The danger is that extremists supported by Al Qaeda and Iran could stage a comeback, as they have in the past when we’ve had too few troops in Iraq. Senator Obama seems to have learned nothing from recent history. I find it ironic that he is emulating the worst mistake of the Bush administration by waving the “Mission Accomplished” banner prematurely.
I am also dismayed that he never talks about winning the war—only of ending it. But if we don’t win the war, our enemies will. A triumph for the terrorists would be a disaster for us. That is something I will not allow to happen as president. Instead I will continue implementing a proven counterinsurgency strategy not only in Iraq but also in Afghanistan with the goal of creating stable, secure, self-sustaining democratic allies.
The paper's decision to refuse McCain's direct rebuttal to Obama's 'My Plan for Iraq' has ignited explosive charges of media bias in top Republican circles.
'It would be terrific to have an article from Senator McCain that mirrors Senator Obama's piece,' NYT Op-Ed editor David Shipley explained in an email late Friday to McCain's staff. 'I'm not going to be able to accept this piece as currently written.'
. . . NYT's Shipley advised McCain to try again: 'I'd be pleased, though, to look at another draft.'
[Shipley served in the Clinton Administration from 1995 until 1997 as Special Assistant to the President and Senior Presidential Speechwriter.]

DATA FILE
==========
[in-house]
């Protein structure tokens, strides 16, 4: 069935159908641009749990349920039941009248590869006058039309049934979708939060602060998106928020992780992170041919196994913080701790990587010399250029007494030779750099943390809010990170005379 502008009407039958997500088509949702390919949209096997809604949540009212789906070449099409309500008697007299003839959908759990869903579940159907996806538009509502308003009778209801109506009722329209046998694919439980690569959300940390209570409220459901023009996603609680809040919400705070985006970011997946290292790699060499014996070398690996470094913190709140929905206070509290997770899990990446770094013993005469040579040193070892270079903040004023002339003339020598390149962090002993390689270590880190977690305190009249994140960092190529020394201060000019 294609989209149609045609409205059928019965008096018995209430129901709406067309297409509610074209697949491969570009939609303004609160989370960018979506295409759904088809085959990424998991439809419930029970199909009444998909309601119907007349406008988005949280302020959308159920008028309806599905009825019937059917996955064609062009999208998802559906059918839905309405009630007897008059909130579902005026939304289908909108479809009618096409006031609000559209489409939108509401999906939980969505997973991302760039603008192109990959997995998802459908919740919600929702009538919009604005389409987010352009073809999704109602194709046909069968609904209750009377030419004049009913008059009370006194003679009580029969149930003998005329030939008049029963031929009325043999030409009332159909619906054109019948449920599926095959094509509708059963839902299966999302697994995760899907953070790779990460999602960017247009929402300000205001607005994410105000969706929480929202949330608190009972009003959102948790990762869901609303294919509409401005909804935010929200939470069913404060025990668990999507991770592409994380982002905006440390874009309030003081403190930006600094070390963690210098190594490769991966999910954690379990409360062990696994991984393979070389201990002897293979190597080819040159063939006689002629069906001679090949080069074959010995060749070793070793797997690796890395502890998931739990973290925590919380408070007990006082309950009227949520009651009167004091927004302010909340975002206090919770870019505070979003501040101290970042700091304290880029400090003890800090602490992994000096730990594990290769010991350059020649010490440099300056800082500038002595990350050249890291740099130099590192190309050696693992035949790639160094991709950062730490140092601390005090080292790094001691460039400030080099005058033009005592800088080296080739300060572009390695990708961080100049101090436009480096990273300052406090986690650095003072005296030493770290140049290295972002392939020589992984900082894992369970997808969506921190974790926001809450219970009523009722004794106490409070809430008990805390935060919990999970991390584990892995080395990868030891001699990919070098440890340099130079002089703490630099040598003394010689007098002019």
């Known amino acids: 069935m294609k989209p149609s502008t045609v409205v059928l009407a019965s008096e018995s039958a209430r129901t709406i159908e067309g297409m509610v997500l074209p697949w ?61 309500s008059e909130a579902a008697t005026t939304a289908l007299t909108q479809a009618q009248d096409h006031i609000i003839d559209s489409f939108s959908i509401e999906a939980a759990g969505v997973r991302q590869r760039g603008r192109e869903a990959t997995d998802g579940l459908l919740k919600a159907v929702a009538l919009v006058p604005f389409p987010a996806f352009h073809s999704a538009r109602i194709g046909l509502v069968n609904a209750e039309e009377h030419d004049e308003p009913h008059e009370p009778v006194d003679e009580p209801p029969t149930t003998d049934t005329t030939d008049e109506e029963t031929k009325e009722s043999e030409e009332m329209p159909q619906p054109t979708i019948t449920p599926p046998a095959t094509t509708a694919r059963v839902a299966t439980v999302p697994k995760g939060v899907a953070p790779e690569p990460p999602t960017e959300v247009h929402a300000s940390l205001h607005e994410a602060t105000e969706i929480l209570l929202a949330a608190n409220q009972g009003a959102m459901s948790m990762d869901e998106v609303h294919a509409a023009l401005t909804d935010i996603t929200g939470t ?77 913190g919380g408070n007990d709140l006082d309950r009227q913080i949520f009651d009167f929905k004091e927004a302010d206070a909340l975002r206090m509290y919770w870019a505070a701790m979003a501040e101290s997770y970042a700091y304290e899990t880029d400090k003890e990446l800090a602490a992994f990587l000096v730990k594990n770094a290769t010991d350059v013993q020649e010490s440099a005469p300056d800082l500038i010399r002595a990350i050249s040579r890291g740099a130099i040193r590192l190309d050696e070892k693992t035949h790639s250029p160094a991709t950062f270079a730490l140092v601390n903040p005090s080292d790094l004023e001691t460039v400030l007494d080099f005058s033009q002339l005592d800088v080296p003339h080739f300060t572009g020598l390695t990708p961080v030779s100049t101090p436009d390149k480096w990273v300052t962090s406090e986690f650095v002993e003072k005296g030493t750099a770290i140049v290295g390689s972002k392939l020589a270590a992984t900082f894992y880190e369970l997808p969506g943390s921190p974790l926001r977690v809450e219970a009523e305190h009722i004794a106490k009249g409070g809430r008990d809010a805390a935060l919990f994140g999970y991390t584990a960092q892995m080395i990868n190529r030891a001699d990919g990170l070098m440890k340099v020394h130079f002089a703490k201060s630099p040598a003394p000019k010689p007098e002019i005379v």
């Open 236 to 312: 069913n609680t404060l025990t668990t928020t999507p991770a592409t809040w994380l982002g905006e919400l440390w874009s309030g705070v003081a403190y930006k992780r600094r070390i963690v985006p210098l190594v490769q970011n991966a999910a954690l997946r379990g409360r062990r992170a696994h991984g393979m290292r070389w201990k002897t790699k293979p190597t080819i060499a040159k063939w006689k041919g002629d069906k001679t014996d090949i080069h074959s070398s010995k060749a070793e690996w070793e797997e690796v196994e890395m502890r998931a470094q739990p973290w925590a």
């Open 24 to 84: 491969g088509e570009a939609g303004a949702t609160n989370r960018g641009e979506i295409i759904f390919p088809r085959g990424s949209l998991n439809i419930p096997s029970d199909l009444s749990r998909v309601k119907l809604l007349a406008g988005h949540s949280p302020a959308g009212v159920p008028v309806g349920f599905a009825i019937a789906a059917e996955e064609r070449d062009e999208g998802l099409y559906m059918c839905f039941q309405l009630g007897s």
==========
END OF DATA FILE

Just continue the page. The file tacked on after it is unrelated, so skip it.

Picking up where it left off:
A top McCain source claims the paper simply does not agree with the senator's Iraq policy, and wants him to change it, not "re-work the draft."
. . . Shipley, who is on vacation this week, explained his decision not to run the editorial.
'The Obama piece worked for me because it offered new information (it appeared before his speech); while Senator Obama discussed Senator McCain, he also went into detail about his own plans.'
Shipley continues: 'It would be terrific to have an article from Senator McCain that mirrors Senator Obama's piece. To that end, the article would have to articulate, in concrete terms, how Senator McCain defines victory in Iraq.'
In January 2007, when General David Petraeus took command in Iraq, he called the situation “hard” but not “hopeless.” Today, 18 months later, violence has fallen by up to 80% to the lowest levels in four years, and Sunni and Shiite terrorists are reeling from a string of defeats. The situation now is full of hope, but considerable hard work remains to consolidate our fragile gains.
And here is the rest of the story from the Drudge Report:
An editorial written by Republican presidential hopeful McCain has been rejected by the NEW YORK TIMES -- less than a week after the paper published an essay written by Obama, the DRUDGE REPORT has learned.
What an absolute utter left wing ass. If he does not recognize that McCain's mission statement defines the path to victory, to use Shipley's terminology, this man has no business being editor of high school newspaper. This is nothing more than agenda journalism in reverse.